Gravity: A Play in Outer Space
When I first heard about Gravity, I suspected it would be similar to Avatar: expansive, massive in scope, a gorgeous piece of cinematography on the brink of visual chaos. I just didn't predict it would be so intimate. To his immense credit, director Alfonso Cuarón leverages three dimensions not simply as a cinematic gloss or eye-catching gimmick, but also as a tool for storytelling. When a nervous Ryan Stone (Sandra Bullock, both delicate and fierce) fails to catch a loose screw in space, she sighs, watching as it spins slowly, noiselessly away from her and toward the viewing audience. Fellow astronaut Matt Kowalski (George Clooney, charming as ever) slides toward us, snatching it just in time, then smiling back to reassure Ryan. It's a throwaway moment made incredibly significant in 3D: Ryan's resignation and Matt's nonchalant grin are underscored visually, their subtle actions paying off tenfold as we learn more about each character throughout the film.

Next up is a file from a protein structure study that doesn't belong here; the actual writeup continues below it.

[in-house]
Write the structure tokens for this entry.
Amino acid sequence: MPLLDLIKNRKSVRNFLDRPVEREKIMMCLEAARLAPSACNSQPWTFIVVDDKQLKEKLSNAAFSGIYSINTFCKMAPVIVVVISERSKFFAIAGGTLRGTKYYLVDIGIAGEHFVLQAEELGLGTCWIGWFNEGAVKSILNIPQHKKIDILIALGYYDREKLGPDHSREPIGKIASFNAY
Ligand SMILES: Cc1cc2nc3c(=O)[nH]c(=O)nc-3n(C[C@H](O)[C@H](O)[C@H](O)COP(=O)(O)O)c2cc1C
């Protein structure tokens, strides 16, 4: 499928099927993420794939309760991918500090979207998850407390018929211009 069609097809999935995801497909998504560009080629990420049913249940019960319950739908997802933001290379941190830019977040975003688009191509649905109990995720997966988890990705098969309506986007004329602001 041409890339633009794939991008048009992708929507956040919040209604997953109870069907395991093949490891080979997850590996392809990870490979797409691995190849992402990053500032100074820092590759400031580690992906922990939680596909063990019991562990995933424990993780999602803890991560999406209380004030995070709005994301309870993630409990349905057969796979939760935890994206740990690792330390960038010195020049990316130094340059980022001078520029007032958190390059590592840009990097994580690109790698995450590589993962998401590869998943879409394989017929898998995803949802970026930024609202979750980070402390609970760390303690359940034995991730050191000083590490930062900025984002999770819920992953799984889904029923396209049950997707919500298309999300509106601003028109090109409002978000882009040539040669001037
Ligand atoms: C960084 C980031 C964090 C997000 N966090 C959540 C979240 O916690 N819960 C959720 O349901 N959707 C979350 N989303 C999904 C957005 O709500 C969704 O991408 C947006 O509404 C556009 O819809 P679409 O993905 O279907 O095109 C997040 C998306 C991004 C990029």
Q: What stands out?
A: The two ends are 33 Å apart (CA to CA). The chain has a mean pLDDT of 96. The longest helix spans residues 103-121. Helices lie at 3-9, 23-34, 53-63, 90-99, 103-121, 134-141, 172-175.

If we've learned anything about Serious (with a capital S) action films, it's that they must play out in one of two ways.
Option A: Establish a villain of non-specific European or Asian descent. Avoid killing off any good guys, but if you must, kill only one, and see that she dies protecting 13 others from certain doom. Once all the baddies die, have your leading man stare back in solemn victory, as though wondering whether it was all "worth it." But smash cut to a wedding / family reunion / beers-with-the-boys after a maximum of three seconds. (Examples: Air Force One, Taken, Inception, Apollo 13)
Breaking Bad Series Review (Spoiler-free!)
Breaking Bad has been many things over its five seasons: glum, sterile, exact, clever, unforgiving, unrelenting. And yet, the series finale seemed like something else entirely. It was, for once, satisfying. With "Felina," Bad dealt with every plot line as neatly as Walter White had once organized his high school lab. Where other television series have slunk away from firm resolution, Bad resolved with cold relish, knocking out viewers' questions with the efficiency of an assassin.